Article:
Can you really think yourself thin?
Last week the syndicated TV show, The Doctors, featured a woman, Kathy, who lost 120 pounds through a process called “gastric bypass hypnosis therapy.” As it was explained on the show by Kathy’s hypnotist, Julie Evans, rather than undergoing traditional gastric bypass (or bariatric surgery) to physically shrink the stomach’s ability to hold food, Kathy was hypnotized to believe that she had undergone the surgery. The hypnotist apparently walked Kathy through her procedure, even introducing her to doctors and nurses, and claimed that Kathy then made the necessary lifestyle changes—eating small meals and healthier foods—because her body was convinced it had undergone gastric bypass surgery.
So can hypnosis really mimic the effects of gastric bypass surgery without forcing patients under the knife? Probably not.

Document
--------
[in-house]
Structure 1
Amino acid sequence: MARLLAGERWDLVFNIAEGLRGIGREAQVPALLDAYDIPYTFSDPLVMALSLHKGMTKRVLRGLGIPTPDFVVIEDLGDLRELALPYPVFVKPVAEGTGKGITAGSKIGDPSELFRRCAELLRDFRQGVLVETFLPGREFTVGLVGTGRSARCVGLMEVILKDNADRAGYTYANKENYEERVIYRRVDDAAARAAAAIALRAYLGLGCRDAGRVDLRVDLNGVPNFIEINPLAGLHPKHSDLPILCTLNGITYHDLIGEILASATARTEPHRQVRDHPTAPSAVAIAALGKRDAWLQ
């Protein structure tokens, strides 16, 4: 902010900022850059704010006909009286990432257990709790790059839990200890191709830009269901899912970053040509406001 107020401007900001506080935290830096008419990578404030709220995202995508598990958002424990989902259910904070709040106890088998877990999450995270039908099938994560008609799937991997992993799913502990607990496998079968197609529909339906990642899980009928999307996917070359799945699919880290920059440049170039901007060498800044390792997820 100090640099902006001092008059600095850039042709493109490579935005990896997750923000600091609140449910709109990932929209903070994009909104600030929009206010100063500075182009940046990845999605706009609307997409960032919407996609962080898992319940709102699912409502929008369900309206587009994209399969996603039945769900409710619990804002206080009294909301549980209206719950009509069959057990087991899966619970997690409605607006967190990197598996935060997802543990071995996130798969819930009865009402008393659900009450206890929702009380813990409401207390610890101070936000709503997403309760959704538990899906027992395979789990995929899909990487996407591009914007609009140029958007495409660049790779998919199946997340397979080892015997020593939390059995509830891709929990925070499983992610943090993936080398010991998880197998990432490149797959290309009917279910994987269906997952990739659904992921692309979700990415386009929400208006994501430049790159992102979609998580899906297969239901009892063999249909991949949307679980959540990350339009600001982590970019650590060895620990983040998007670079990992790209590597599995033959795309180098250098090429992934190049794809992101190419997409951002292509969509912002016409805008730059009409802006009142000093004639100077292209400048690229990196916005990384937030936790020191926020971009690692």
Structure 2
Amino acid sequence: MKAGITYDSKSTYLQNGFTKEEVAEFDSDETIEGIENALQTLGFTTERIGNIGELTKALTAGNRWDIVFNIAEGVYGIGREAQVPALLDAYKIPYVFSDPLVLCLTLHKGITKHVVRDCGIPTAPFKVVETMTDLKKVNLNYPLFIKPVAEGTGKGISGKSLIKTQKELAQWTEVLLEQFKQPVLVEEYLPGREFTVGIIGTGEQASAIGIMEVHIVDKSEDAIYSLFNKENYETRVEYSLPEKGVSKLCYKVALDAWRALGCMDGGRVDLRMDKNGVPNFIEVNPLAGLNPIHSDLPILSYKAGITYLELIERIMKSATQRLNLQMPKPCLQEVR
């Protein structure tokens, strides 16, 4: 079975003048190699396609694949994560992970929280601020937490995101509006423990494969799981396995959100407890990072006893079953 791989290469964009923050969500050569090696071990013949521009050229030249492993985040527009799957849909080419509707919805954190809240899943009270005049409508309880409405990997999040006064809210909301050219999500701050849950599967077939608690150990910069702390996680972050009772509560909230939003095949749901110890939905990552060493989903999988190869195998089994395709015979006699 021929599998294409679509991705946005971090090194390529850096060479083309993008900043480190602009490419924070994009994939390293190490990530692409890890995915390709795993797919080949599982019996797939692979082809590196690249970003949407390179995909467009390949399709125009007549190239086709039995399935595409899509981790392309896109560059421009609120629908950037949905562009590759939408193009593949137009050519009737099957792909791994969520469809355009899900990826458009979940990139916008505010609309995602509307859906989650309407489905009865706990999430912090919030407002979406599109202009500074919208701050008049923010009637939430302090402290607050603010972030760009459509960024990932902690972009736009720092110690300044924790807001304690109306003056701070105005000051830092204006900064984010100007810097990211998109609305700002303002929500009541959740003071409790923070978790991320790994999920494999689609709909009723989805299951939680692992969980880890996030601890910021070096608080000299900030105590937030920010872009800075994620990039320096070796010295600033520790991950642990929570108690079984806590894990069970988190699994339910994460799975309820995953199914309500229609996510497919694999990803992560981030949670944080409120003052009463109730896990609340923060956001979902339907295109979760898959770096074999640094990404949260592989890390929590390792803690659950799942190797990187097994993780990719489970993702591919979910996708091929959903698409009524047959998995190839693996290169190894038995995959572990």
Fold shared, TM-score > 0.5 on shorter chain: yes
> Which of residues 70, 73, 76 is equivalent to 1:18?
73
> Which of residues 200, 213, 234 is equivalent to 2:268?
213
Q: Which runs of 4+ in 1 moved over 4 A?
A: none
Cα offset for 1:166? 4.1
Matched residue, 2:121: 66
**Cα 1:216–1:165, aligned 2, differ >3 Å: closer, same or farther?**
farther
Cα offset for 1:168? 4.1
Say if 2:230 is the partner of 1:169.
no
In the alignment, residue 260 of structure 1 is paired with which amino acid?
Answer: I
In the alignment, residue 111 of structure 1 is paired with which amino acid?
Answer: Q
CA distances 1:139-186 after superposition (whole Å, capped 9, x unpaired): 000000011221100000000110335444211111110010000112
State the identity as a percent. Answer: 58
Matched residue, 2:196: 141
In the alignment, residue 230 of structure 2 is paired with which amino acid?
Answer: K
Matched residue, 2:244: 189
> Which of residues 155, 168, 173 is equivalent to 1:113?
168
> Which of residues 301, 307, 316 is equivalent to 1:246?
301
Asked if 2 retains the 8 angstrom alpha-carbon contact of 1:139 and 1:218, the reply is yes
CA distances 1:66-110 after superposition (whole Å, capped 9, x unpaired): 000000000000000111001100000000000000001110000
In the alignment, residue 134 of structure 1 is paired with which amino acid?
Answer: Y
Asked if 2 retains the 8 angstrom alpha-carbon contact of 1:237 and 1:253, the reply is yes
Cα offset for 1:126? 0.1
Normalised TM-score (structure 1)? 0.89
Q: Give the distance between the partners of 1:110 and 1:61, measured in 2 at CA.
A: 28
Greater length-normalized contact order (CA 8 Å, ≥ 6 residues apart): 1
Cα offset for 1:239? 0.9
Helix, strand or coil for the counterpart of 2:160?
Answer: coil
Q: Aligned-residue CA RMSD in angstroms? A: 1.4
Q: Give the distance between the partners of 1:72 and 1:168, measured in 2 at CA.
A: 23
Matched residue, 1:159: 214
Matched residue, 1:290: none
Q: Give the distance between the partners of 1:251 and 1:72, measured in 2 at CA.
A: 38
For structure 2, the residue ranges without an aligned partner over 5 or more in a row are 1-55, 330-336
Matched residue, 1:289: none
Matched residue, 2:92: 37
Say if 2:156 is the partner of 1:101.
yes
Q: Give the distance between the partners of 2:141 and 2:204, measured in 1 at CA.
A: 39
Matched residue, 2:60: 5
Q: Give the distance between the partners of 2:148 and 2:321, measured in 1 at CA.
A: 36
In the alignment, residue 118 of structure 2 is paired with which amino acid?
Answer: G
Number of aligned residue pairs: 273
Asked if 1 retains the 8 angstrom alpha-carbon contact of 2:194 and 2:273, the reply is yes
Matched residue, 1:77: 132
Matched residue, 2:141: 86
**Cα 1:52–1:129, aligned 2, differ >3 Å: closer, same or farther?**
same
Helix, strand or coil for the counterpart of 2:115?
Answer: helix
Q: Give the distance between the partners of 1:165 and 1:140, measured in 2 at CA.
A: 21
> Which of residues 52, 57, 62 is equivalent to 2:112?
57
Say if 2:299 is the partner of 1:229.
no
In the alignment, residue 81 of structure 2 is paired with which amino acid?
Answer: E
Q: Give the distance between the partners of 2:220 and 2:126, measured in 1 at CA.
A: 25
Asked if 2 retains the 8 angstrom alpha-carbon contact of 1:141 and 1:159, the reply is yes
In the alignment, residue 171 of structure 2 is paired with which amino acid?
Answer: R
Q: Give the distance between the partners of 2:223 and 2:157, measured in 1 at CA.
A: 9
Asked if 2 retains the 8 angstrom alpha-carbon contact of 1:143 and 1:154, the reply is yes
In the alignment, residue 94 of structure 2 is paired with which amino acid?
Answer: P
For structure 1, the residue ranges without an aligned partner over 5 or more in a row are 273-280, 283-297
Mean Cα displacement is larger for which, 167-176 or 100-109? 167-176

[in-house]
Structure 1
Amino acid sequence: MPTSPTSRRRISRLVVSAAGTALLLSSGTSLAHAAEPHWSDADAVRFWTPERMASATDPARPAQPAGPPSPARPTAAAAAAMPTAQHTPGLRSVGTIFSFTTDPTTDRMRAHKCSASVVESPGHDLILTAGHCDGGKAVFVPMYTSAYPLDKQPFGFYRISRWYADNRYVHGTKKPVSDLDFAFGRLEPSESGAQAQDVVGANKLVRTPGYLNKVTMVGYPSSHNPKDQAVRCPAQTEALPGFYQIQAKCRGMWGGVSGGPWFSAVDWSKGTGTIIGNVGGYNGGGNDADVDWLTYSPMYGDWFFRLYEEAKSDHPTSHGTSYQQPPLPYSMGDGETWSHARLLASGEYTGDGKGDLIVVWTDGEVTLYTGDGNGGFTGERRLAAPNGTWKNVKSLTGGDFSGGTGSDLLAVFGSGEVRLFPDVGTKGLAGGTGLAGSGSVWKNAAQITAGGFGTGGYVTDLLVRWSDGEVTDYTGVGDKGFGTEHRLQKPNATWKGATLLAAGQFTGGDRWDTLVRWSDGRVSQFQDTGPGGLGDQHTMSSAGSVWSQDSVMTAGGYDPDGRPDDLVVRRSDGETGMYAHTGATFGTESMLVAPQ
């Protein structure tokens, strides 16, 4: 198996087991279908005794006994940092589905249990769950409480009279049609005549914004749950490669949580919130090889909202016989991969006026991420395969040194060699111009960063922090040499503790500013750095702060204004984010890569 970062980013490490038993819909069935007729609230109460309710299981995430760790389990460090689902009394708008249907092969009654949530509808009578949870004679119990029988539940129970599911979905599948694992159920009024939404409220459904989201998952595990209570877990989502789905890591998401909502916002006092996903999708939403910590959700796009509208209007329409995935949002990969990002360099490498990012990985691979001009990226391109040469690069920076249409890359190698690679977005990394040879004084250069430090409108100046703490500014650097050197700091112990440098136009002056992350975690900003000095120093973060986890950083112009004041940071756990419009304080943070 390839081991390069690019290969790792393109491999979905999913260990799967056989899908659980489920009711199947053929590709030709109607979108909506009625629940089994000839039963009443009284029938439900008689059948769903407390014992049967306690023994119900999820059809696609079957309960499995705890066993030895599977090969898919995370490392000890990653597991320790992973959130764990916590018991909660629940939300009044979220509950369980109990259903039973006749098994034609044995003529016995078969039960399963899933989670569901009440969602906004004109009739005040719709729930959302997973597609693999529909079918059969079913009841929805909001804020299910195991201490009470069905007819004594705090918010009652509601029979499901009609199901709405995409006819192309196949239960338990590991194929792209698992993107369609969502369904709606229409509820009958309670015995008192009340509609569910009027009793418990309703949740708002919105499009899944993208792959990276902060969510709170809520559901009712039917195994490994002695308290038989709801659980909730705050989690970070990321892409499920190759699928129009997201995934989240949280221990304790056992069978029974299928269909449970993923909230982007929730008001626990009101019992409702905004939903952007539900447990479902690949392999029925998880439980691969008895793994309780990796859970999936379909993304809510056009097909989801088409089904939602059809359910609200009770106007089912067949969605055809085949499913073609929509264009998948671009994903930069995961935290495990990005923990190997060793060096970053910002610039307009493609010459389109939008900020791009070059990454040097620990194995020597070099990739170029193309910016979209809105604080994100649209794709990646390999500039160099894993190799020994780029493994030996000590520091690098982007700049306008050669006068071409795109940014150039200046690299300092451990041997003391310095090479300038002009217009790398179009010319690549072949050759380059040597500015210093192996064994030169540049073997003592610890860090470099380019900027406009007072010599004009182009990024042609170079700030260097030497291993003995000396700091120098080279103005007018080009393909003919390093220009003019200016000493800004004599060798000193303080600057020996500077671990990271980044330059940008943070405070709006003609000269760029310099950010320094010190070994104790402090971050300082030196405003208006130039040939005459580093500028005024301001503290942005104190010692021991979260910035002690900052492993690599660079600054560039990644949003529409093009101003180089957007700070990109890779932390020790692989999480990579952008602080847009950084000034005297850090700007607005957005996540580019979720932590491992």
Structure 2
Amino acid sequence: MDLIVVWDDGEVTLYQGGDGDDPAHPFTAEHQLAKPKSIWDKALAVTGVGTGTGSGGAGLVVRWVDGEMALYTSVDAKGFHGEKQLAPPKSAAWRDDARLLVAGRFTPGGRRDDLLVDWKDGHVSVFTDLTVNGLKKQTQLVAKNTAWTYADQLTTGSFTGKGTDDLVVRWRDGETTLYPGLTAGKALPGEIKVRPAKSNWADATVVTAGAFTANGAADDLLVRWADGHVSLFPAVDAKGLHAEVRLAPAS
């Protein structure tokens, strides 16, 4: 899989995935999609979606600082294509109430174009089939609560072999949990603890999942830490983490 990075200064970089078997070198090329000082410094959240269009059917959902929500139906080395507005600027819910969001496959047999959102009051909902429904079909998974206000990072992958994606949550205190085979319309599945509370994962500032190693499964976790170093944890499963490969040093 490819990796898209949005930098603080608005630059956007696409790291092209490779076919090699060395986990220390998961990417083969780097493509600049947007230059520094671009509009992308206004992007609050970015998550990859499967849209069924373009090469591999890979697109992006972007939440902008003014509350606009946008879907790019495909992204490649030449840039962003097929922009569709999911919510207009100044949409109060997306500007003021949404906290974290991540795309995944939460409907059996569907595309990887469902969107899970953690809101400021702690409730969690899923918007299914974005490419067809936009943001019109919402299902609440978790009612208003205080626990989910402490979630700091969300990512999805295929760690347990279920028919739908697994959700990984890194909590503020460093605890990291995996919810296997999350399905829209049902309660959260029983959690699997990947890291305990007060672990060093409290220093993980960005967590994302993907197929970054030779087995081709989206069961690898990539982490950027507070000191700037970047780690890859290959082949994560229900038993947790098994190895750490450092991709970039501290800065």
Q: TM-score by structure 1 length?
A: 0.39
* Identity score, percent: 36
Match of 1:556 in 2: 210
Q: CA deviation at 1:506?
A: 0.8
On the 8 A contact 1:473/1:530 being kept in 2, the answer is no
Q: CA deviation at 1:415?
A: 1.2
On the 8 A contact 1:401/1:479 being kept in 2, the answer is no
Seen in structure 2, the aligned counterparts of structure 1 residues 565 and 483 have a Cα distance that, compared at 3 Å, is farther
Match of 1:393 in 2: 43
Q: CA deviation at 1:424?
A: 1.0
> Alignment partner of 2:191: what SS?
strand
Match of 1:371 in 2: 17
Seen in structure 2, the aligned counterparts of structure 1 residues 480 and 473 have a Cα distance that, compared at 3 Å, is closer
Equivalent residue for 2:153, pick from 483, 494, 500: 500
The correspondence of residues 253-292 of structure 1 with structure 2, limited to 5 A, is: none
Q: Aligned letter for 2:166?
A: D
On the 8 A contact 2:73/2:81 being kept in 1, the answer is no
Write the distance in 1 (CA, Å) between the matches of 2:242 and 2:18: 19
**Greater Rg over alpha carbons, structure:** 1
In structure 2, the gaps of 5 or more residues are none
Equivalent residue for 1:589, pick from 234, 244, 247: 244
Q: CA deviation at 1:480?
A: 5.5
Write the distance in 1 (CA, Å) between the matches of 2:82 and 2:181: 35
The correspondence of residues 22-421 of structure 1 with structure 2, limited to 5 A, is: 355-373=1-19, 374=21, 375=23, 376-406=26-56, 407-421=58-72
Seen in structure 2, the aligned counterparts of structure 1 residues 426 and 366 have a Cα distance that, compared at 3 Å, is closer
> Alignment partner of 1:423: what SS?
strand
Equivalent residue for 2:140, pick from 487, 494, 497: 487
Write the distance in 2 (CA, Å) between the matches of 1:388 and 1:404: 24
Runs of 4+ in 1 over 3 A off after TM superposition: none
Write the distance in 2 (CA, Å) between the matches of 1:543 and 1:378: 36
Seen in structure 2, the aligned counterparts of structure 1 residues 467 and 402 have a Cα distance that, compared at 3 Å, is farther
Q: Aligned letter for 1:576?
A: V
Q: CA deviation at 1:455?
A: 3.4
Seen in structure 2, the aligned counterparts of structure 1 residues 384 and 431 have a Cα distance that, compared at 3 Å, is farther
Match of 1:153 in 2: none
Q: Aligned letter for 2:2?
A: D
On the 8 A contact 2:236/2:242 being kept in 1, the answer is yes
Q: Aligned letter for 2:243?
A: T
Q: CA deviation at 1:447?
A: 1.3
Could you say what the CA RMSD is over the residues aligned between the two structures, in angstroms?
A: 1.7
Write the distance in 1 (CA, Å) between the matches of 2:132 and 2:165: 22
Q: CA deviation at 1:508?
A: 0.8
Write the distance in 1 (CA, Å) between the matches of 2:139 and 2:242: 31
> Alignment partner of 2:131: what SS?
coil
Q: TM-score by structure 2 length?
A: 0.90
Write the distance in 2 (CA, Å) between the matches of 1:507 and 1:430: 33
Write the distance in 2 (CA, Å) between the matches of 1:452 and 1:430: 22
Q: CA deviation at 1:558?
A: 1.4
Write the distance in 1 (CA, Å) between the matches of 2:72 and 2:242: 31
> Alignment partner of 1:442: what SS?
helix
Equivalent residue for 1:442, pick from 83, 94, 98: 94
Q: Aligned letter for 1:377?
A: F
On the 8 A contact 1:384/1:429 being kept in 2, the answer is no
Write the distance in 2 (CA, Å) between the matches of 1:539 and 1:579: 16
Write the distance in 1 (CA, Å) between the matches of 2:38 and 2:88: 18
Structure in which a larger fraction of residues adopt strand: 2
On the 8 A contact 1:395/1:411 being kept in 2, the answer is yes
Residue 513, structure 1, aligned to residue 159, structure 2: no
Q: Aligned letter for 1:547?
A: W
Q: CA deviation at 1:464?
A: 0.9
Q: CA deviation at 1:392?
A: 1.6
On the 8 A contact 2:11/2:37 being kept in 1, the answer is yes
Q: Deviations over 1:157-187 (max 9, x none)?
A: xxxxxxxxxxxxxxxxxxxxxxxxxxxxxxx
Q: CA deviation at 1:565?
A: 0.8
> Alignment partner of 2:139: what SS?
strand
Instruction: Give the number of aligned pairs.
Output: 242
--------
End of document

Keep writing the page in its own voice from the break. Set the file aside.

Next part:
While there have been a few examples of individuals who lost weight through this hypnosis therapy, it hasn’t been studied by researchers or proven to work for a larger number of individuals. As one columnist pointed out, “Telling clients they can lose hundreds of pounds just by going to sessions with a hypnotherapist (or purchasing a CD) just seems like an unrealistic expectation that can end in disappointment, especially because gastric bypass surgery isn’t just about a tinier stomach.”
We’re always looking for the quick-fix, easy solution to weight loss. While there’s some evidence that other forms of weight loss hypnosis, particularly programs specifically tailored to individuals, might be an effective way to lose small amounts of weight, generally hypnosis must be combined with changes in diet and exercise to be effective. But if you’re already going to make lifestyle changes necessary to lose weight, why not skip spending thousands on hypnotherapy sessions or purchasing CDs and instead splurge on new clothes to fit your smaller frame?